Porsche Sport Driving School Kicks Off in Canada

Porsche Sport Driving School Kicks Off in Canada

After 18 years on North American soil, the Porsche Sport Driving School is officially in session in Canada, which is good news for enthusiasts on both sides of the border.

Faced with an enviable exchange rate, Americans can now take advantage of what’s basically a 30 percent discount by heading north to attend the program that launched this month at Canadian Tire Motorsport Park (CTMP), just 50 miles east of Toronto. Conversely, Canadians in search of the of the Porsche Driving Experience no longer need to count on what works out to a 30 percent price premium to attend the program in the U.S.

Helping make the case for the Canadian version of the program is how it matches up with its contemporaries in other parts of the world. The curriculum of this entry-level Precision course is the same as what’s taught at the 15 other locations worldwide and focuses on the basics of performance driving. Under the watchful eyes of a handful of experienced instructors, attendees are taught proper acceleration, braking and handling techniques during the two-day program on a combination of the 1.8-mile (2.9-kilometer) Driver Development Track and the adjacent skid pad.

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Porsche Canada invited a handful of journalists to take in a condensed version of the program on the eve of its official launch. Providing a glimpse of what attendees can expect, our day covered proper on-track braking in the Porsche 911 Carrera S, a timed autocross course on the skid pad behind the wheel of the Porsche 718 Cayman S, and finally, lead-follow laps around the track with both cars.


Tons of Wheel Time

The program wisely begins with a classroom session that covers off everything from safety basics to racing physics, though it’s anything but boring. Interesting and engaging, the lessons are best described as putting in layman’s terms exactly what is required to become a better driver. From overall driving dynamics to dealing with understeer and oversteer, plenty of valuable information can be gleaned by first-timers and track day veterans alike.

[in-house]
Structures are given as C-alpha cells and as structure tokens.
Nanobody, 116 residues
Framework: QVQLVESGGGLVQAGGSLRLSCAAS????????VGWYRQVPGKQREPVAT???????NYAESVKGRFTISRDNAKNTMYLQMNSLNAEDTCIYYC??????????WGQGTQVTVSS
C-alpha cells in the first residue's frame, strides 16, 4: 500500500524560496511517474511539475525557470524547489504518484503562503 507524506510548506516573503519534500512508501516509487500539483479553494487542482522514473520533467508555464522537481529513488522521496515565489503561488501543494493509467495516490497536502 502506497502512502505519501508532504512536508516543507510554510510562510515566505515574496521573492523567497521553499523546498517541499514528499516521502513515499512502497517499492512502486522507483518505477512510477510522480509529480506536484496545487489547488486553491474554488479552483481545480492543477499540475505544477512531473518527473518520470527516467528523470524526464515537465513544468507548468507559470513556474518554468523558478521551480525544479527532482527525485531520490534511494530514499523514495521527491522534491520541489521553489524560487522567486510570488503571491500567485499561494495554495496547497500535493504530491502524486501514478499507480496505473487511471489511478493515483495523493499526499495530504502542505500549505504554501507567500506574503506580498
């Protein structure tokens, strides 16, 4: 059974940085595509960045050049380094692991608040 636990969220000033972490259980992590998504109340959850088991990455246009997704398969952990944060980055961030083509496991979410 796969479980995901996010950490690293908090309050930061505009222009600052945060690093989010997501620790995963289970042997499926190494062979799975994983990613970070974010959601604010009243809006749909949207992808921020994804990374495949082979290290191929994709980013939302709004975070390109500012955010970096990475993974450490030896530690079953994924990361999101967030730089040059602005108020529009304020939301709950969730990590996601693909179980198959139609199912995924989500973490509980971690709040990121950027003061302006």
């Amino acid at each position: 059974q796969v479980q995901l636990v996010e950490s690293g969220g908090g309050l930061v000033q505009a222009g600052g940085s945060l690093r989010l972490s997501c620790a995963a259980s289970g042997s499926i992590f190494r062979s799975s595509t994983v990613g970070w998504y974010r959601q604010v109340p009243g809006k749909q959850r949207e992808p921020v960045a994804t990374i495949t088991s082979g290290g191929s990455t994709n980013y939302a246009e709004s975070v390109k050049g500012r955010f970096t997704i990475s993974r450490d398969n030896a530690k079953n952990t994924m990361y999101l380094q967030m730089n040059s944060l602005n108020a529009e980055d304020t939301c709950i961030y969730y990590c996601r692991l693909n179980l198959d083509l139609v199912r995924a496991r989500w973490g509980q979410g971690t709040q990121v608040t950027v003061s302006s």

The fact that attendees will be hoping to spend most of their time on the track certainly isn’t lost on the folks running the program, and they’ve filled it with plenty of just that. The basics of accelerating, braking and handling are covered first and foremost, with the intensity ramped up as the day progresses. This is where instructors provide information in real-time on not just what to do, but why to do it. It’s one thing to be told where the braking point is for a Porsche 911 and its rear-mounted engine, but the added insight as to why it differs from that of a mid-engine 718 Cayman, for example, is equally as important.

The skid pad is the perfect place to learn how to properly manipulate a car’s momentum in the pursuit of driving precision. Speed isn’t always the answer, and tight turns through snaking pylons prove that fluidity is perhaps more important. (It certainly doesn’t hurt that the near-perfectly balanced Cayman is on hand for these lessons.) Our autocross course on the 1,000-ft (305-meter) long skid pad didn’t appear all that challenging from the start box but looks proved to be deceiving, and executing a strong run required patience and proper pedal modulation.


The Big Payoff

Finally, the program culminates in lead-follow laps around the Driver Development Track. This is where all lessons learned are put into practice, with instructors leading packs of participants around the entire 1.8-mile (2.9-kilometer) course and its tight — though not especially technical — turns. Geared more towards the agile Cayman than the Carrera, it wasn’t difficult to catch the latter quickly in the former even if that’s not the point of the exercise. Instead, it’s all about executing proper racing lines in the shadows of folks that know a thing or two about them.

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Once again, the wealth of knowledge and experience shared amongst the instructors is on full display, providing feedback on the fly to help drivers improve with each passing lap. Armed with a surprising amount of patience for a group of current and former racers, these are the ideal instructors for those looking to get their feet wet on the track without pressure for perfection right out of the gate.

The Porsche Sport Driving School runs through mid-September at Canadian Tire Motorsport Park. The two-day program is priced at CAD$2,495 per person.